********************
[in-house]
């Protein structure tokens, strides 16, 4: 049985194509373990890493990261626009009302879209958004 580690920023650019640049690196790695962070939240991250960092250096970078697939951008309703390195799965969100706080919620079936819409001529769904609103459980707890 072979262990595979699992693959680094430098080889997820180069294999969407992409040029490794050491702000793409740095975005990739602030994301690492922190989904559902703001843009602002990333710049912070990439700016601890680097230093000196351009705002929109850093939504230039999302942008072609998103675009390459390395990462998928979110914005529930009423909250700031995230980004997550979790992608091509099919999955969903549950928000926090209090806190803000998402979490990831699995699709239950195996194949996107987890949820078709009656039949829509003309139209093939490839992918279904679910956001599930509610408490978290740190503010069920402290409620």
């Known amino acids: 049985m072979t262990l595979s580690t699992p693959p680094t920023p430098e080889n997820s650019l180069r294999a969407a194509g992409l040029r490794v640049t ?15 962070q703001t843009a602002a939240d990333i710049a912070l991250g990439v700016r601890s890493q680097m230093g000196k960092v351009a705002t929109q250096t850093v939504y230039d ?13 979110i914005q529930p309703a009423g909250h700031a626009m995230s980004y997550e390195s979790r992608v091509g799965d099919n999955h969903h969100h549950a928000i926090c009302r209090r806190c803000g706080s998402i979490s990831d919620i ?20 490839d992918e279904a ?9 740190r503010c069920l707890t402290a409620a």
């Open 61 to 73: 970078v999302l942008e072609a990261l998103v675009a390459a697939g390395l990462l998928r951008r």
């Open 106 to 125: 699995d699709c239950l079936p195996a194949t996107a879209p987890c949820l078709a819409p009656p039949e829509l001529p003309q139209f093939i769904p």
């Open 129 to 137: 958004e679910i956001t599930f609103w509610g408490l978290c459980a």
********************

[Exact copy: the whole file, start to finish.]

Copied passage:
[in-house]
């Protein structure tokens, strides 16, 4: 049985194509373990890493990261626009009302879209958004 580690920023650019640049690196790695962070939240991250960092250096970078697939951008309703390195799965969100706080919620079936819409001529769904609103459980707890 072979262990595979699992693959680094430098080889997820180069294999969407992409040029490794050491702000793409740095975005990739602030994301690492922190989904559902703001843009602002990333710049912070990439700016601890680097230093000196351009705002929109850093939504230039999302942008072609998103675009390459390395990462998928979110914005529930009423909250700031995230980004997550979790992608091509099919999955969903549950928000926090209090806190803000998402979490990831699995699709239950195996194949996107987890949820078709009656039949829509003309139209093939490839992918279904679910956001599930509610408490978290740190503010069920402290409620």
């Known amino acids: 049985m072979t262990l595979s580690t699992p693959p680094t920023p430098e080889n997820s650019l180069r294999a969407a194509g992409l040029r490794v640049t ?15 962070q703001t843009a602002a939240d990333i710049a912070l991250g990439v700016r601890s890493q680097m230093g000196k960092v351009a705002t929109q250096t850093v939504y230039d ?13 979110i914005q529930p309703a009423g909250h700031a626009m995230s980004y997550e390195s979790r992608v091509g799965d099919n999955h969903h969100h549950a928000i926090c009302r209090r806190c803000g706080s998402i979490s990831d919620i ?20 490839d992918e279904a ?9 740190r503010c069920l707890t402290a409620a």
């Open 61 to 73: 970078v999302l942008e072609a990261l998103v675009a390459a697939g390395l990462l998928r951008r």
């Open 106 to 125: 699995d699709c239950l079936p195996a194949t996107a879209p987890c949820l078709a819409p009656p039949e829509l001529p003309q139209f093939i769904p």
């Open 129 to 137: 958004e679910i956001t599930f609103w509610g408490l978290c459980a």